Pedicularis dudleyi
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Illustration from Abrams (1951).

Illustration from Abrams (1951).

Photo taken at Pico Blanco Boy Scout Camp, Monterey County © 2011 Dylan Neubauer. Photo taken at Pico Blanco Boy Scout Camp, Monterey County © 2011 Dylan Neubauer.

Photo taken at Pico Blanco Boy Scout Camp, Monterey County © 2011 Dylan Neubauer.

Photo taken at Pico Blanco Boy Scout Camp, Monterey County © 2011 Dylan Neubauer. Photo taken at Pico Blanco Boy Scout Camp, Monterey County © 2011 Dylan Neubauer.

Photo taken at Pico Blanco Boy Scout Camp, Monterey County © 2011 Dylan Neubauer.

Photo taken at Pico Blanco Boy Scout Camp, Monterey County © 2011 Dylan Neubauer. Photo taken at Pico Blanco Boy Scout Camp, Monterey County © 2011 Dylan Neubauer.

Photo taken at Pico Blanco Boy Scout Camp, Monterey County © 2011 Dylan Neubauer.

This fact sheet was prepared by Chris Hauser, Dylan M. Neubauer, and Daniel R. Brumbaugh (editor) under award NA04N0S4200074 from the National Oceanic and Atmospheric Administration (NOAA), U.S. Department of Commerce (DOC). The statements, findings, conclusions, and recommendations are those of the authors and do not necessarily reflect the views of the NOAA or the DOC.

© Copyright 2006, Elkhorn Slough Coastal Training Program

Last updated: Jun 2, 2015 16:27

Common Names - Dudley's lousewort

Family - Orobanchaceae (Broomrape Family)

State Status - state rare
(September 1979)

Federal Status - none


Dudley’s lousewort (Pedicularis dudleyi) is found in partly shaded banks and terraces, often in rocky soil, in coastal forests dominated by coast redwood (Sequoia sempervirens), Douglas-fir (Pseudotsuga menziesii var. menziesii), and tan oak (Notholithocarpus densiflorus var. densiflorus), almost always in areas with a low density of understory plants and a thin layer of leaf litter. Additionally, along the North Fork Little Sur River, this species is found in riparian forest dominated by white alder (Alnus rhombifolia), on riverbanks, generally at the high-water level of annual spring river floods.

Robust Dudley’s lousewort populations are found only in areas with both a low density of understory plants and a very thin layer of leaf litter, due to infrequent natural or human disturbances (wildfires, river floods, light foot traffic, and/or leaf or vegetation removal), or on steep slopes that tend to naturally shed leaf litter (road embankments or riverbanks) and prevent establishment of other, competing plants. Within the Portola Redwoods State Park, the species is mostly found in areas associated with human activity, such as road embankments, trail edges, and camping areas, with few plants found growing in more natural settings. Along the North Fork of the Little Sur River, most plants are found growing in natural settings, such as in rocky alluvium of river terraces and riverbanks, often at the high-water level of annual river flooding, with very few plants found growing in areas associated with human activity (Hauser 2018).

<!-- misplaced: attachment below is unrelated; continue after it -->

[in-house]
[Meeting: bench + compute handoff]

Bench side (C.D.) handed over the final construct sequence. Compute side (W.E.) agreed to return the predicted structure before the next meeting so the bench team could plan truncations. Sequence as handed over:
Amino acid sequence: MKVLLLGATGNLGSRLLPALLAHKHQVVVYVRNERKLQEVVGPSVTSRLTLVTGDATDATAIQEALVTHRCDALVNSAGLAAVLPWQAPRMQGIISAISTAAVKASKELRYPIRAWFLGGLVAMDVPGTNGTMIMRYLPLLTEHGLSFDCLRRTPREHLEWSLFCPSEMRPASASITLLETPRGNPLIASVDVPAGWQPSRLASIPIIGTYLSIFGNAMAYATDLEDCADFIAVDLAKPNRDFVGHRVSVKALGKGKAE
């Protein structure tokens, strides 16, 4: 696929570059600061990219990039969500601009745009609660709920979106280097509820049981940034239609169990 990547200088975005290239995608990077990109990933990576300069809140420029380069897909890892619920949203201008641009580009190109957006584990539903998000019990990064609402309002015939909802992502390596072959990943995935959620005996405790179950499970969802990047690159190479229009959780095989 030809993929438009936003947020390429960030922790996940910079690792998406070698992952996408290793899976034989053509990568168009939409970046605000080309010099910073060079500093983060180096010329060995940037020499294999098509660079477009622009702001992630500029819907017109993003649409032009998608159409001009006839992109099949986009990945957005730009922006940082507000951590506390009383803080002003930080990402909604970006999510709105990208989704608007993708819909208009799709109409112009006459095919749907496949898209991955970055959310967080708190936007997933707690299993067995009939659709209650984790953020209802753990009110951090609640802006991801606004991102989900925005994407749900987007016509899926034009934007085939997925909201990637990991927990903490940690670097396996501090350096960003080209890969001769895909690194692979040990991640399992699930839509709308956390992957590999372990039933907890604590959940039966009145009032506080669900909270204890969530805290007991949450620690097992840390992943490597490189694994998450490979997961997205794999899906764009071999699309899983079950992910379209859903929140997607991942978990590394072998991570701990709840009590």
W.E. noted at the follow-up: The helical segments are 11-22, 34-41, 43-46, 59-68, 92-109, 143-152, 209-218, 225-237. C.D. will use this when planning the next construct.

Key Characteristics

Perennial herb, generally hairy, basal caudex present with 1-to-many rosettes; stems 10–30 cm tall; leaves basal, 3–26 cm long, > inflorescence, lanceolate-oblong, segments 15–25, oblong to ovate, doubly toothed to lobed, present at flowering; inflorescence 2–6 cm long, generally <= leaves; proximal bracts > flowers; calyx 10–14 mm long, tomentose; corolla 17–24 mm long, club-like, pink or purple to purple-red, with darker markings, glabrous, upper lip (galea) hooded, lower lip with lobes pointed; anthers 1.5–2.5 mm long, generally included, bases acute, filaments glabrous.

Dudley’s lousewort is very similar to two other Pedicularis species native to the Central Coast region. The common warrior’s plume (P. densiflora) has a deep red to red-purple corolla with a much shorter lower lip in relation to the galea (Vorobik 2013). Warrior’s plume is strongly rhizomatous, is pollinated by hummingbirds, and is associated with oak woodland and chaparral. The Arroyo de la Cruz lousewort (P. rigginsiae), a recently-described species from northern San Luis Obispo County, has narrower leaves with more numerous lateral lobes, [a] straight rather than distally bent galea, and [a] shorter lower corolla lip.” This local endemic occurs in the interface between coastal prairie and dwarf maritime chaparral (Keil 2019), rather than coast redwood forest or coastal riparian forest.

Flowering Period

March to June

Reference Population

Portola Redwoods State Park (San Mateo County).

Global Distribution

Endemic to central California in the Santa Cruz Mountains (San Mateo County, Santa Cruz County [presumed extirpated]) and the Outer South Coast Ranges (Monterey County) (CNPS 2021, Vorobik 2013).


Observations suggest that Dudley’s lousewort is adapted to occasional disturbance, such as fire, flooding, and brush removal, which removes leaf litter and reduces cover of competing herbs and shrubs (Kuska 2011, Hauser 2018). Robust populations are only found in locations that are affected by occasional moderate natural and anthropogenic disturbances, such as along road and trail embankments, in camping and other use areas that experience light foot traffic, along utility corridors where shrubs have been removed, or along the banks of the Little Sur River where occasional floods scour the riverbanks. Populations of Dudley’s lousewort tend to decline where they become shaded under a dense tree or shrub canopy, and when the forest floor becomes carpeted with a dense, deep layer of leaf litter (Hauser 2018).

Dudley’s lousewort is said to grow from a branched caudex,” in which a single plant can form multiple growing points—or root crowns—at the soil surface, each bearing a rosette (Elmer 1906). Because numerous seedlings often germinate at a single site, it can be difficult to distinguish a cluster of individual plants (genets) from the potentially numerous rosettes (ramets) of an individual plant. To do this accurately would require digging up plants, so recent census protocols have focused on counting the total number of rosettes (ramets), rather than attempting to determine the number of individual plants (genets) (Hauser 2018, Diller 2019). Therefore, the actual global population size for this species is known to be significantly lower than the number reported in the yearly rosette censuses (Hauser 2019).